Frequently Asked Questions

Welcome to our FAQ page! We’ve compiled a list of the most commonly asked questions and their answers to help you find the information you need quickly and easily. To make navigation a breeze, we’ve used an Accordion style layout. This means you can click on each question to reveal its answer. If you have a specific question in mind, simply look through the list and click on the question to view the answer. If your question isn’t listed, feel free to reach out to us directly!

Algae


Not all blooms become toxic, we still don’t understand why toxins are produced sometimes and not other times. But we do know that if blooms don’t occur, toxins won’t be produced in amounts that could hurt us. If a bloom is occurring, it’s a good idea to stay out of the water even if we don’t know whether it’s toxic or not.

A combination of factors contributes to harmful algal blooms. They are the same things that help plants grow in the spring: warm temperatures, ample sunlight, and plenty of algae food (phosphorus and nitrogen that we call “nutrients”). Some of these things we can control, like how much nutrients we add to the water. Other things we can’t control, like the weather. We can be very certain that the temperatures will get warm and the sun will shine, especially in the late summer and early fall when these blooms usually happen. Researchers continue to work to better understand how these factors interact to create harmful algal blooms.

Read our blog post to learn more.

Not necessarily, algae are an important part of the lake ecosystem and provide food for the insects that fish rely on to survive. It’s only when the algae get thick and noxious that it becomes a problem for people and the fish that live in the water. There is also a specific kind of algae called “blue-green algae” that is especially concerning for people, pets, livestock. and wildlife, as it can produce harmful toxins and cause rashes, skin and eye irritation, allergic reactions, gastrointestinal upset, and other effects. You can usually tell when a blue-green algae bloom is occurring in that it will look like someone has poured blue-green paint in the water.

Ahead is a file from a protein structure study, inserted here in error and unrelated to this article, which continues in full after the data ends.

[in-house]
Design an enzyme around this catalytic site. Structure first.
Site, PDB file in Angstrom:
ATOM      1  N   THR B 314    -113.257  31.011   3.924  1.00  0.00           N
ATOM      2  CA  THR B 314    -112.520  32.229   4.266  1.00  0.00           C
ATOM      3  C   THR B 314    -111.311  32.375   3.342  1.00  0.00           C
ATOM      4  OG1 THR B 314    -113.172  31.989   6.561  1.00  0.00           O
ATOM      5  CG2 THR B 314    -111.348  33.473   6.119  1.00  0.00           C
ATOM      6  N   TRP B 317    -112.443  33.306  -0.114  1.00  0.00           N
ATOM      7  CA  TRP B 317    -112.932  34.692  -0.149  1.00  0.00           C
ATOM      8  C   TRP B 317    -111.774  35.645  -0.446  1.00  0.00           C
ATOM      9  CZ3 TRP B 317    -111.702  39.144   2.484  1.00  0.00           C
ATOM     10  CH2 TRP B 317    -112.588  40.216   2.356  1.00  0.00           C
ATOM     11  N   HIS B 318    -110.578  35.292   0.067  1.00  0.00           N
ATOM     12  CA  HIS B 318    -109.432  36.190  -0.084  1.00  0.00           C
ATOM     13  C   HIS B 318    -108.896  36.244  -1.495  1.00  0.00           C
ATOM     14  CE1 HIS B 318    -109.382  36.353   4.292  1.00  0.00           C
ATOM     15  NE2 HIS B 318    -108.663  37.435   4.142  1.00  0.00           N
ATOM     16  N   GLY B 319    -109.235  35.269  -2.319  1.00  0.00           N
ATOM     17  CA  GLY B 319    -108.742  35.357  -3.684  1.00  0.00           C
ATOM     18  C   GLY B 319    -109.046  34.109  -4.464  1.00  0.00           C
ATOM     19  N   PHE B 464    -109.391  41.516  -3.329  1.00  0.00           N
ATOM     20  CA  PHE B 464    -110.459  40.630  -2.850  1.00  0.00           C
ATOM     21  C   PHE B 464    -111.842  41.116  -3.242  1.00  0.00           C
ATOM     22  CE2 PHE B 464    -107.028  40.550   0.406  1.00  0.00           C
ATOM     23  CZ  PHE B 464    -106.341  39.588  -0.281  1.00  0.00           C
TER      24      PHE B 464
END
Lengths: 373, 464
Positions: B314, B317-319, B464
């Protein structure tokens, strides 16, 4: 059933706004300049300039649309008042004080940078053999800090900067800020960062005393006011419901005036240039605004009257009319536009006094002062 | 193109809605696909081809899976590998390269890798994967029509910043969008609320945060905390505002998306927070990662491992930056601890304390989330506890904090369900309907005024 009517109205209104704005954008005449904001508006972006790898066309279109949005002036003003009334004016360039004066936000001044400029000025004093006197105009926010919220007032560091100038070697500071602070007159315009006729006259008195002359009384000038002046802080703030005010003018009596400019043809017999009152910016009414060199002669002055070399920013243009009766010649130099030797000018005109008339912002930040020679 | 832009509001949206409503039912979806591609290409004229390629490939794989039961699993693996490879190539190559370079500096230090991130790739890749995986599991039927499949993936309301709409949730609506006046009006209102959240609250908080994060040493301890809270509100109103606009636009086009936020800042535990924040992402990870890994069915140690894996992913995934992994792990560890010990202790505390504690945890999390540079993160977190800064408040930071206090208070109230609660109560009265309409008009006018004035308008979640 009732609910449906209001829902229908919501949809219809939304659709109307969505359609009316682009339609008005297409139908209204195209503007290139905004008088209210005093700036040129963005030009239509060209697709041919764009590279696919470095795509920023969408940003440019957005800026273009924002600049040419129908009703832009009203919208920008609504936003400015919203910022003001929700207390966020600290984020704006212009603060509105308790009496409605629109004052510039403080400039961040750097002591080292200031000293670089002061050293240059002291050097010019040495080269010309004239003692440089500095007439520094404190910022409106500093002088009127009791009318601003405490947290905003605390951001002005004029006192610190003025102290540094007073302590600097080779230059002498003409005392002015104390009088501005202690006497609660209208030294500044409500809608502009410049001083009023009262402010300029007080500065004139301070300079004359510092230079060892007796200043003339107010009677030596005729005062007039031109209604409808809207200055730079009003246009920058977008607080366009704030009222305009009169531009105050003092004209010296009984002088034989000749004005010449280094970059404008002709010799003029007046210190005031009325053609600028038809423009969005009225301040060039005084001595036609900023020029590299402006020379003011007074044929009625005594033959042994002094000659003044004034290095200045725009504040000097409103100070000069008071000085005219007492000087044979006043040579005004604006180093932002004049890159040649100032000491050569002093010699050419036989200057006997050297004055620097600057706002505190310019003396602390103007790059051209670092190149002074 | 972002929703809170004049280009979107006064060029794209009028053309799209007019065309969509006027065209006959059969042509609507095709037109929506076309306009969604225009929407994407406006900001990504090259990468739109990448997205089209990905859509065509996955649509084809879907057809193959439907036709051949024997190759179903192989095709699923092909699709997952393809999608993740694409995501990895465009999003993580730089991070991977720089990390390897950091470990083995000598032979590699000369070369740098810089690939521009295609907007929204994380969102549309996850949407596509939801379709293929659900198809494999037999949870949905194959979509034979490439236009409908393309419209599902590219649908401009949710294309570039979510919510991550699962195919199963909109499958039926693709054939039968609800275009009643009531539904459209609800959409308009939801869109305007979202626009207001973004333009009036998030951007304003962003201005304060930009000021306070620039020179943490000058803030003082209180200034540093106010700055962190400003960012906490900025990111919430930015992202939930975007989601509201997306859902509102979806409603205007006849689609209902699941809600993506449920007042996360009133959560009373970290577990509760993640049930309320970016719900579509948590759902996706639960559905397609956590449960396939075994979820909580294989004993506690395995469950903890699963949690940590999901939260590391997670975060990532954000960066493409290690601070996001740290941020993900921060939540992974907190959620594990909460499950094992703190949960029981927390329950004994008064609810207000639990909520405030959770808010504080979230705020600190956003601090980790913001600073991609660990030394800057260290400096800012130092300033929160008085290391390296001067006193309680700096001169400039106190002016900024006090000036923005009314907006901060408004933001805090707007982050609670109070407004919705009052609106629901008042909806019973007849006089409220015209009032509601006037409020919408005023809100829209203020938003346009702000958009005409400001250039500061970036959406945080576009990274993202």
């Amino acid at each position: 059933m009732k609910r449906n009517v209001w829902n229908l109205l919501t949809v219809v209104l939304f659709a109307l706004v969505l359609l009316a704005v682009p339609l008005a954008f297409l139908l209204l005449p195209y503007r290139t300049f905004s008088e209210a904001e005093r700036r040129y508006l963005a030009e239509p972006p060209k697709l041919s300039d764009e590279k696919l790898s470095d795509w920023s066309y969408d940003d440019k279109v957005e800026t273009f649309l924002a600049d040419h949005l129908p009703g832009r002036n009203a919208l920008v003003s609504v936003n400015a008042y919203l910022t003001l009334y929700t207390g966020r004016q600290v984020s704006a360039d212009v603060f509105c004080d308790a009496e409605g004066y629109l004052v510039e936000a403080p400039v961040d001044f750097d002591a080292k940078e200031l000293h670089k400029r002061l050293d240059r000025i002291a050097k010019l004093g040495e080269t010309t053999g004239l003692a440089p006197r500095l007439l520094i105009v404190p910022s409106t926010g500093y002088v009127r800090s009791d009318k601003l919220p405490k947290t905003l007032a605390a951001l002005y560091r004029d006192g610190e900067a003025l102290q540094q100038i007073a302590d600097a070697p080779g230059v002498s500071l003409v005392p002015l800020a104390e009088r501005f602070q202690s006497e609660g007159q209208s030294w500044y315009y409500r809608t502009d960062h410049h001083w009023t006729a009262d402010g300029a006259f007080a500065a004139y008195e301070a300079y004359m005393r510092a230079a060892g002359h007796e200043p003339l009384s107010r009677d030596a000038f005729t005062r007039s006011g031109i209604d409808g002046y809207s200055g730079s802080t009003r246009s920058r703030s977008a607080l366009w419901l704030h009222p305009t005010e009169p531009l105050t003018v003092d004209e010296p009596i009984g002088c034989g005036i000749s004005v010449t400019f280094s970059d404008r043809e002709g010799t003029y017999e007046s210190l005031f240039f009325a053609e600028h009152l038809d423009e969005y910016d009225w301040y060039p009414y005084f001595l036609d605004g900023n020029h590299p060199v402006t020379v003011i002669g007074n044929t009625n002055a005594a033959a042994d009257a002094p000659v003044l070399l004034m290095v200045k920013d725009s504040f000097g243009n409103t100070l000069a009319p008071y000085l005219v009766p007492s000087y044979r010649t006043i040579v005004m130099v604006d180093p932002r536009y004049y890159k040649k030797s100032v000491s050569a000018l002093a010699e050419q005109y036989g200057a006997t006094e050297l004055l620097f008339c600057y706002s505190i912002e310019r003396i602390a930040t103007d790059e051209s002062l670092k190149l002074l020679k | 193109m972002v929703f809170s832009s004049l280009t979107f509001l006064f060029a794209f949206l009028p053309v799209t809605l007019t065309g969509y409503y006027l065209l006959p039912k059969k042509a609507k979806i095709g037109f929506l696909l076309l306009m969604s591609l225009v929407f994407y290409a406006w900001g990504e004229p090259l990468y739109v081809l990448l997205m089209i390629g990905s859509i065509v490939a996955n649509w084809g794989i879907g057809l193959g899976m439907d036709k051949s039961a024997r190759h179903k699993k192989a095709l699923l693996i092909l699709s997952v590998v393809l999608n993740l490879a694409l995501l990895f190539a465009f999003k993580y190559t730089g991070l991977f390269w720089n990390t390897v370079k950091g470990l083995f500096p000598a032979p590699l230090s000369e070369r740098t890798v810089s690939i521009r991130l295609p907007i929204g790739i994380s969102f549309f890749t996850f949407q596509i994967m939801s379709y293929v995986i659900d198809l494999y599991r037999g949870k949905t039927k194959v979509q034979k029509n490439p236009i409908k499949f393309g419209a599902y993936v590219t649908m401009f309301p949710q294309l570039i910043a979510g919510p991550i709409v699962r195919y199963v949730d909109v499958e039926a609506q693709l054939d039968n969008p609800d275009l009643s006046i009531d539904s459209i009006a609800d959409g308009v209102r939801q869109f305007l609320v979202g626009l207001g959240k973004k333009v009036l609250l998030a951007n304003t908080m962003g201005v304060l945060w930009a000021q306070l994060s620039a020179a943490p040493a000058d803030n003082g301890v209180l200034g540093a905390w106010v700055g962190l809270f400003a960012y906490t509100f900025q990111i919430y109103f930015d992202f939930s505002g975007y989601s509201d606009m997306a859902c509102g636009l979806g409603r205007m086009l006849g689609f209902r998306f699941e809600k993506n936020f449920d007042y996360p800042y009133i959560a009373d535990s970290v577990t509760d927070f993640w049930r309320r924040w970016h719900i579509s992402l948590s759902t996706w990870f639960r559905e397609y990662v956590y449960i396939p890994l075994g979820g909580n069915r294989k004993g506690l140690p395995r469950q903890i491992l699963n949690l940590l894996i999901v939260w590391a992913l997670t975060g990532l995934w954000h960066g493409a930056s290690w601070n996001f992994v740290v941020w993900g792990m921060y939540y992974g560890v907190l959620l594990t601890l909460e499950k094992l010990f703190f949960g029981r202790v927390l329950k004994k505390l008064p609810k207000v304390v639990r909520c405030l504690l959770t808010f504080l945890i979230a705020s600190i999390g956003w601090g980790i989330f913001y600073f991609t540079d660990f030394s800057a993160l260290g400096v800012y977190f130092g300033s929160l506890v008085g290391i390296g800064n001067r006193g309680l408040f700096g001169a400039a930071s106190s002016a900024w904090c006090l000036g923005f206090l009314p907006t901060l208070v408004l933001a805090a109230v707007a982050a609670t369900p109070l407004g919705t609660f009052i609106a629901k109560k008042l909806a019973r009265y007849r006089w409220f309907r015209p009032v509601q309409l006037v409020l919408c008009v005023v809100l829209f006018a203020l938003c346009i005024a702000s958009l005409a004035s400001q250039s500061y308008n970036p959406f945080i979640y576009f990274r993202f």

For safety from harmful algal blooms (HABs) at Utah Lake, it’s crucial to avoid contact with water that appears green, as this often indicates the presence of bacteria, specifically algae or filamentous cyanobacteria. When these organisms are visible or the water is green, it suggests cyanobacteria are growing and dispersed in the water column, which can be harmful.

Therefore, vigilance is advised when interacting with bodies of water, especially during warm, dry periods. Before visiting Utah Lake, check for any HAB warnings from the Utah Department of Environmental Quality. If you’re boating, avoid areas of algae. If you catch any fish, clean them well and discard the guts. Ensure your pets or livestock do not drink the water or come into contact with the algae. The water in Utah Lake is not safe for drinking, especially during a HAB. Always remember, if you’re unsure about the condition of the water, it’s best to stay out.

To control and prevent harmful algal blooms in Utah Lake, several measures are being implemented:

1. Monitoring: The Utah Department of Environmental Quality conducts regular monitoring of the lake to detect harmful algal blooms. They issue advisories and health watches to keep the public informed about the current conditions.

2. Public Awareness: The public is advised to exercise caution around the lake. This includes avoiding areas of algae when boating, refraining from swimming or water skiing in areas with visible algae, cleaning fish thoroughly and discarding the guts, and not consuming the lake water.

3. Nutrient Pollution Control: Efforts are underway to control nutrient pollution from human sources, a key factor in preventing excessive nutrient enrichment. This involves implementing best practices in agriculture, managing stormwater runoff, and improving wastewater treatment systems.

These measures aim to reduce the occurrence and impact of algal blooms, protect public health, and preserve the ecosystem of Utah Lake. It’s a comprehensive approach that involves monitoring, public education, and pollution control.